The “Shale Revolution” has resulted in a widespread increase in development activity, rapidly evolving operations, and more chances for alleged underground interference across lease boundaries. It has also led to a number of subsurface-trespass claims. Despite guidance from several opinions involving subsurface trespass, courts are still wrestling with underground trespass issues in Texas and elsewhere.
The Shale Revolution
Until relatively recently, the oil and gas industry relied primarily on vertical wells for production. For decades, the industry has hydraulically fractured these vertical wells to overcome low permeability and enhance production. But even with hydraulic fracturing (or “fracking”), these vertical wells were limited by the substantial distances oil had to flow to reach the induced fractures.
Advancements in drilling technology have opened up new formations once thought too impermeable for commercial development. The Shale Revolution in Texas and elsewhere has been based primarily on two technologies: (1) horizontal drilling with accurate steering and measuring “on the fly,” and (2) multi-stage fracking of horizontal wells. This revolution has reversed what had been a declining state of oil and gas reserves nationwide.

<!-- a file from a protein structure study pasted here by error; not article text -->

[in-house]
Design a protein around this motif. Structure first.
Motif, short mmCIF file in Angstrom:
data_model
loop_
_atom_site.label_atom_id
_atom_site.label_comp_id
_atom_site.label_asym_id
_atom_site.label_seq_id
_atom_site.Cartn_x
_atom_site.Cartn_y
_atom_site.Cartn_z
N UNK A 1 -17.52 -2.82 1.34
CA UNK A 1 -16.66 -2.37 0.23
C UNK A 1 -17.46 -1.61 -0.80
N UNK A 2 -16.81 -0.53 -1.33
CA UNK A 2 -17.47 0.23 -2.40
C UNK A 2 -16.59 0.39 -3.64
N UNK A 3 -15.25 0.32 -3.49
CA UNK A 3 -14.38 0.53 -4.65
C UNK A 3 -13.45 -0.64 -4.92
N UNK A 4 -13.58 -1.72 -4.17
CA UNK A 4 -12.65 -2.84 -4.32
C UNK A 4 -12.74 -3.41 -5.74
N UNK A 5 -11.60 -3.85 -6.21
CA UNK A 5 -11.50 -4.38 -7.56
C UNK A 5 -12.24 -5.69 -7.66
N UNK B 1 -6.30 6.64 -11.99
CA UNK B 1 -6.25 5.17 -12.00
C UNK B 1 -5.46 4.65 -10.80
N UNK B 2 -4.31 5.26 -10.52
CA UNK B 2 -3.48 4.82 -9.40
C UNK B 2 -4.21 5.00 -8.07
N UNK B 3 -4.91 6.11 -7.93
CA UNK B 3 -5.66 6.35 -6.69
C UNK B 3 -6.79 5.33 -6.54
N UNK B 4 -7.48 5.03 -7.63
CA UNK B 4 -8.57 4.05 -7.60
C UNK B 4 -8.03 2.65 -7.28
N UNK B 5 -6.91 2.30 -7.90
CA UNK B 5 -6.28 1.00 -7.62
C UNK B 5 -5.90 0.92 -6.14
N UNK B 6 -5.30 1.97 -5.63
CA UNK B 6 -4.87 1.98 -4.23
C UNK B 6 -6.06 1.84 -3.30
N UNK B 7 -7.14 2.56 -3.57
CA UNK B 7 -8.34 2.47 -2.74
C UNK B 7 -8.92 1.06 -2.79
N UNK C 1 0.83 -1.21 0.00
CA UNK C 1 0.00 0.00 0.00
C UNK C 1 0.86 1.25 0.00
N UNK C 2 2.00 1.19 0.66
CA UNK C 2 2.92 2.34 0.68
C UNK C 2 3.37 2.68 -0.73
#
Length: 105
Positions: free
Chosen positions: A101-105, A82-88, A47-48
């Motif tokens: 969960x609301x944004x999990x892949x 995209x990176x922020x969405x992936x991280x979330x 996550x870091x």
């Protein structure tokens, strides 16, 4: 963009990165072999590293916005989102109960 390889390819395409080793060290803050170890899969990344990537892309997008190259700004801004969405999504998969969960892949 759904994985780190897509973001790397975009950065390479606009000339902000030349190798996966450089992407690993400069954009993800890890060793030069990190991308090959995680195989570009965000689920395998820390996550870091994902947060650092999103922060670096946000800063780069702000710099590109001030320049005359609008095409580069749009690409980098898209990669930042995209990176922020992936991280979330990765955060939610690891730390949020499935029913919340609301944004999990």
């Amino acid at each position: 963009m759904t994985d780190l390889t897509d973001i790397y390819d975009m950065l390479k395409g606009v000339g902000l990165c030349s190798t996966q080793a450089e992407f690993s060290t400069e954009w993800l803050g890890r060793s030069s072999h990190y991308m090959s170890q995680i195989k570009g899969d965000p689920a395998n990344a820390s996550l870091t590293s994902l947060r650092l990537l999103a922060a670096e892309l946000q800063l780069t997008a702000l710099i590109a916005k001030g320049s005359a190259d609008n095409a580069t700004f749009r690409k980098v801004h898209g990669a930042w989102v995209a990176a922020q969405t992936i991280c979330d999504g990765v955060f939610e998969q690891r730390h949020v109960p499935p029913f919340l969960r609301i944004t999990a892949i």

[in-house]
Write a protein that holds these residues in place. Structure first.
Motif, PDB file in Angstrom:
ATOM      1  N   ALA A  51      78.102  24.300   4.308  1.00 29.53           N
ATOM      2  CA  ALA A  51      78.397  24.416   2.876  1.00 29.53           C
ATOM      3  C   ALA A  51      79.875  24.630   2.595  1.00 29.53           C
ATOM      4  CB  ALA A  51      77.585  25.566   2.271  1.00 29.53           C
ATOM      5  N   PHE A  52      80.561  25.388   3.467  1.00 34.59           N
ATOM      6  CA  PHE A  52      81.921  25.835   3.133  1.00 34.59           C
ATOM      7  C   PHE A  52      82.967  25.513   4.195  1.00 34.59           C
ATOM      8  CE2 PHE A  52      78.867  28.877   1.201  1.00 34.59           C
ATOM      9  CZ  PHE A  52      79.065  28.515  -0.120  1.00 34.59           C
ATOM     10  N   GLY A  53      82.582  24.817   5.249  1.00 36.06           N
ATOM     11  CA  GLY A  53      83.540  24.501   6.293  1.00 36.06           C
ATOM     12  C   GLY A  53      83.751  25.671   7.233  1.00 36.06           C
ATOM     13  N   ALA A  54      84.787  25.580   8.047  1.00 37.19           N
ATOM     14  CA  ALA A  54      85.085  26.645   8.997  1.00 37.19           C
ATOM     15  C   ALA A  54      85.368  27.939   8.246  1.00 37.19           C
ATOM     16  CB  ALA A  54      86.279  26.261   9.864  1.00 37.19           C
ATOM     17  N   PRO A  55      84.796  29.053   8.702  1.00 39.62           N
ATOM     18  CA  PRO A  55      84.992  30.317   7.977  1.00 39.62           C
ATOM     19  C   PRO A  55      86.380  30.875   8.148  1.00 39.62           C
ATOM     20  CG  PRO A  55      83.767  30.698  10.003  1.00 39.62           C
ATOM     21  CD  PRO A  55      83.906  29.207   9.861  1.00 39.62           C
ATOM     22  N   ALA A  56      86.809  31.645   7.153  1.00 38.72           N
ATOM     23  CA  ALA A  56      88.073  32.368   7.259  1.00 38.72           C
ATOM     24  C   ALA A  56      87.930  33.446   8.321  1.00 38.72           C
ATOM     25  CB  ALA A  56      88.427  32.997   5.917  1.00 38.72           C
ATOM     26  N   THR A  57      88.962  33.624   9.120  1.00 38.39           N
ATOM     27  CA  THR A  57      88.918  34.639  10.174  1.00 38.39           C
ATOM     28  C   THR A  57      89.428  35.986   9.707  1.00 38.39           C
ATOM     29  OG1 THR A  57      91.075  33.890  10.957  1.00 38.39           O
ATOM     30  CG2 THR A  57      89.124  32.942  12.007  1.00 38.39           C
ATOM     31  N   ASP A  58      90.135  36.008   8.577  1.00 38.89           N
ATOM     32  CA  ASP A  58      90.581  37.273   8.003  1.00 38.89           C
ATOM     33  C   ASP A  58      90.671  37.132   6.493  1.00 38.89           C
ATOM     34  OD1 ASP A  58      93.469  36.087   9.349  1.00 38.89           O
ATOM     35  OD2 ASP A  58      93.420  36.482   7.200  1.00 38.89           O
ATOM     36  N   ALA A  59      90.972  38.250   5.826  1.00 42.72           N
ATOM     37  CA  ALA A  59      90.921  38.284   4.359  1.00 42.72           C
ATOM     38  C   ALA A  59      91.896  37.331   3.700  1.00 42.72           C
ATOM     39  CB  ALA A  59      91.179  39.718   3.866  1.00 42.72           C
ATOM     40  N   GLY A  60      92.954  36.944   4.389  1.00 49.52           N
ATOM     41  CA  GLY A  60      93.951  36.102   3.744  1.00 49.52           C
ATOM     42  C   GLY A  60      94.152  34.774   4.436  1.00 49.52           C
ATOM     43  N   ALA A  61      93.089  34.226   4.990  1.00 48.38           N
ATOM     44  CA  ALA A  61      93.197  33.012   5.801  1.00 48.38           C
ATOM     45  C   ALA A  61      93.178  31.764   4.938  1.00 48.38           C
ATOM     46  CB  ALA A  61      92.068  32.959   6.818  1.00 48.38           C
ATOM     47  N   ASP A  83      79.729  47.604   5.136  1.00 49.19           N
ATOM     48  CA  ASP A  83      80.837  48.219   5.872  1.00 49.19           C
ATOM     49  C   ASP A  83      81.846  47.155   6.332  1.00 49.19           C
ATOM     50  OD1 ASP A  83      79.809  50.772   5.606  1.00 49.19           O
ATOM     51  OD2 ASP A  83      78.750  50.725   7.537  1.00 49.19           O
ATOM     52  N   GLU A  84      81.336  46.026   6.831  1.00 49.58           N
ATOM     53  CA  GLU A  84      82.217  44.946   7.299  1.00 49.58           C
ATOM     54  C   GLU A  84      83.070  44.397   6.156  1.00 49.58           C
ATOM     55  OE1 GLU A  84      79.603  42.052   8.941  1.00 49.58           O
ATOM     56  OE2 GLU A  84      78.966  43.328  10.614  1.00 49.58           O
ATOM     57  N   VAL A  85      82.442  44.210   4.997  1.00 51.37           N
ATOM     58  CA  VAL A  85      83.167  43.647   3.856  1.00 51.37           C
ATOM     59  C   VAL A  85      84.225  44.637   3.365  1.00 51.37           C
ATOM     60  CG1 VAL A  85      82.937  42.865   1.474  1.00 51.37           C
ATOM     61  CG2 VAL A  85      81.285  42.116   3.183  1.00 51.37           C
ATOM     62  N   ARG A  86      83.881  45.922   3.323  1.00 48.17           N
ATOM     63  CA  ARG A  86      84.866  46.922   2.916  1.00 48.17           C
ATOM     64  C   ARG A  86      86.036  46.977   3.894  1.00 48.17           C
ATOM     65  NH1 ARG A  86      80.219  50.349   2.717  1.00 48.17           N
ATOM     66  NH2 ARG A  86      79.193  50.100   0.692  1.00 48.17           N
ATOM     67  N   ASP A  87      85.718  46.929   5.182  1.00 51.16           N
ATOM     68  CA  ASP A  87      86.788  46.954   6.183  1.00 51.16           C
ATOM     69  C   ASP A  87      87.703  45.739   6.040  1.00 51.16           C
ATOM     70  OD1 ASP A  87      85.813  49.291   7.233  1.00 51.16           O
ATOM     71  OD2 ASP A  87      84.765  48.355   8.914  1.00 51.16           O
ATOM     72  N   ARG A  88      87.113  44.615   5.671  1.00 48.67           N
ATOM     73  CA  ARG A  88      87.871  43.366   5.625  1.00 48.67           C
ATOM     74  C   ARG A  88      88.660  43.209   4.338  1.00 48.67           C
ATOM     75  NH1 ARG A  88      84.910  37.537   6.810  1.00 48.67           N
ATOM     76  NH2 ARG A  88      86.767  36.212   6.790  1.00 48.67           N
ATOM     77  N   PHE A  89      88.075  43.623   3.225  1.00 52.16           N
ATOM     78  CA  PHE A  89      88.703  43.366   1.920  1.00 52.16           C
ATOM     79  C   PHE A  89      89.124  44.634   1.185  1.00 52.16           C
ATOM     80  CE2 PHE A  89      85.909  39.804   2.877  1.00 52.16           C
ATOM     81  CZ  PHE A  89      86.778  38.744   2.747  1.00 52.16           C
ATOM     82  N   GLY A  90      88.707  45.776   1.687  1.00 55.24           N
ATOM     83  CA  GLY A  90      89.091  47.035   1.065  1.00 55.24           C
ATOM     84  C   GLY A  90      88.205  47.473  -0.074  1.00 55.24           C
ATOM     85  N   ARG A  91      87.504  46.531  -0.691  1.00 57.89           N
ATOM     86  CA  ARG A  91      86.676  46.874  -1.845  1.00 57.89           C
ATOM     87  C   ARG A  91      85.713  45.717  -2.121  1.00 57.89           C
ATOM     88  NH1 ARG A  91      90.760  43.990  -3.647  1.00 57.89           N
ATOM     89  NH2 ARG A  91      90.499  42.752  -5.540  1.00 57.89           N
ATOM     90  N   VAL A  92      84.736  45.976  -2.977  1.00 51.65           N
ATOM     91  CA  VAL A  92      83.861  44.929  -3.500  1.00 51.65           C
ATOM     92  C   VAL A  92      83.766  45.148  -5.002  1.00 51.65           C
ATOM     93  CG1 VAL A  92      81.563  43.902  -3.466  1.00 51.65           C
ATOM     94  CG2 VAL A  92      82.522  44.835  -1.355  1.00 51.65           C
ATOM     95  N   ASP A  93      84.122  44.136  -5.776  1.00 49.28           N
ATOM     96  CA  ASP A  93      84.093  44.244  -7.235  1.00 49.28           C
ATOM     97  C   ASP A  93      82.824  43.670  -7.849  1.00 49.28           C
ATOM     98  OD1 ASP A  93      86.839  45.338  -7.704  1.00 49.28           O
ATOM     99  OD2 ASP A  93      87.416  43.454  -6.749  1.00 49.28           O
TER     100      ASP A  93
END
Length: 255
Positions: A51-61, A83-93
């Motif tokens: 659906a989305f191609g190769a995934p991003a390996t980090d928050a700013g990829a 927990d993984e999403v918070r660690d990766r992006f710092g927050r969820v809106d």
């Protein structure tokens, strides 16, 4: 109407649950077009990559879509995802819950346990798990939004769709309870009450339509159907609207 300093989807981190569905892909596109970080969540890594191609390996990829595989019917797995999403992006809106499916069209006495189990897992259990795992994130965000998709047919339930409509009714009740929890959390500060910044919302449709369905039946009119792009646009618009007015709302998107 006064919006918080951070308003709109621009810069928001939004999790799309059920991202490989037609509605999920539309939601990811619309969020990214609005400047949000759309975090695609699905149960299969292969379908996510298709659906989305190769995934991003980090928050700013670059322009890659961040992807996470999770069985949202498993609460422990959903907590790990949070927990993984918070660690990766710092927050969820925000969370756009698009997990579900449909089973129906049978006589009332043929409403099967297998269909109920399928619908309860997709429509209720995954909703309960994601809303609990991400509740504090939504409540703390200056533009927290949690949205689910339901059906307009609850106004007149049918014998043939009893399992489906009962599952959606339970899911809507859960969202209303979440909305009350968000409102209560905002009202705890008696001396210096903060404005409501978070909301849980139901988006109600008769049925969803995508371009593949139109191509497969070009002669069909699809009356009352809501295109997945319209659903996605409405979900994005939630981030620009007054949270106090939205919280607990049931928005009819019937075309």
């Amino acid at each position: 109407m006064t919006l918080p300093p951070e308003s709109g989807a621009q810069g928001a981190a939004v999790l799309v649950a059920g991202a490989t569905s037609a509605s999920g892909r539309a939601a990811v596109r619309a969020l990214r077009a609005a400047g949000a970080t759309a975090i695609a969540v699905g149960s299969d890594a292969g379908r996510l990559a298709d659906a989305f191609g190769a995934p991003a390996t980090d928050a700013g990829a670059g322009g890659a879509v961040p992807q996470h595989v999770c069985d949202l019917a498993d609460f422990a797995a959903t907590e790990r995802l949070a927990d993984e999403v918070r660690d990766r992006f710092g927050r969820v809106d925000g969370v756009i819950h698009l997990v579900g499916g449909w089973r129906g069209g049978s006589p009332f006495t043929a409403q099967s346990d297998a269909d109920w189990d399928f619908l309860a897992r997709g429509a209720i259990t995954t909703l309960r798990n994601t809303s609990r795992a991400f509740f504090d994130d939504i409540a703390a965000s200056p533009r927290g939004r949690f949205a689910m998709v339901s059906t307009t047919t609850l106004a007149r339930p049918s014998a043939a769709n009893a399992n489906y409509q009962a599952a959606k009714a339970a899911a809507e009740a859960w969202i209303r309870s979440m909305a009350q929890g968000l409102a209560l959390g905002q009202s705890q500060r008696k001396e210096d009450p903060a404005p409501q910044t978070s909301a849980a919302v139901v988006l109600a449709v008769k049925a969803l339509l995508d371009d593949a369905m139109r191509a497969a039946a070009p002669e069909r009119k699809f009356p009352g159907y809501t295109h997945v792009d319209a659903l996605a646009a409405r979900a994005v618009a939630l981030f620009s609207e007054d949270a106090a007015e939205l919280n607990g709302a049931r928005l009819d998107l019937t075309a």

This altered landscape has not only increased activity in the oil fields—it has also brought numerous operators into close proximity to one another. Precision horizontal drilling allows a number of scenarios unlikely to occur with traditional vertical wells. For example, two operators may both have wellbores running parallel for long distances along lease lines or an operator may wish to drill through one mineral estate to reach another.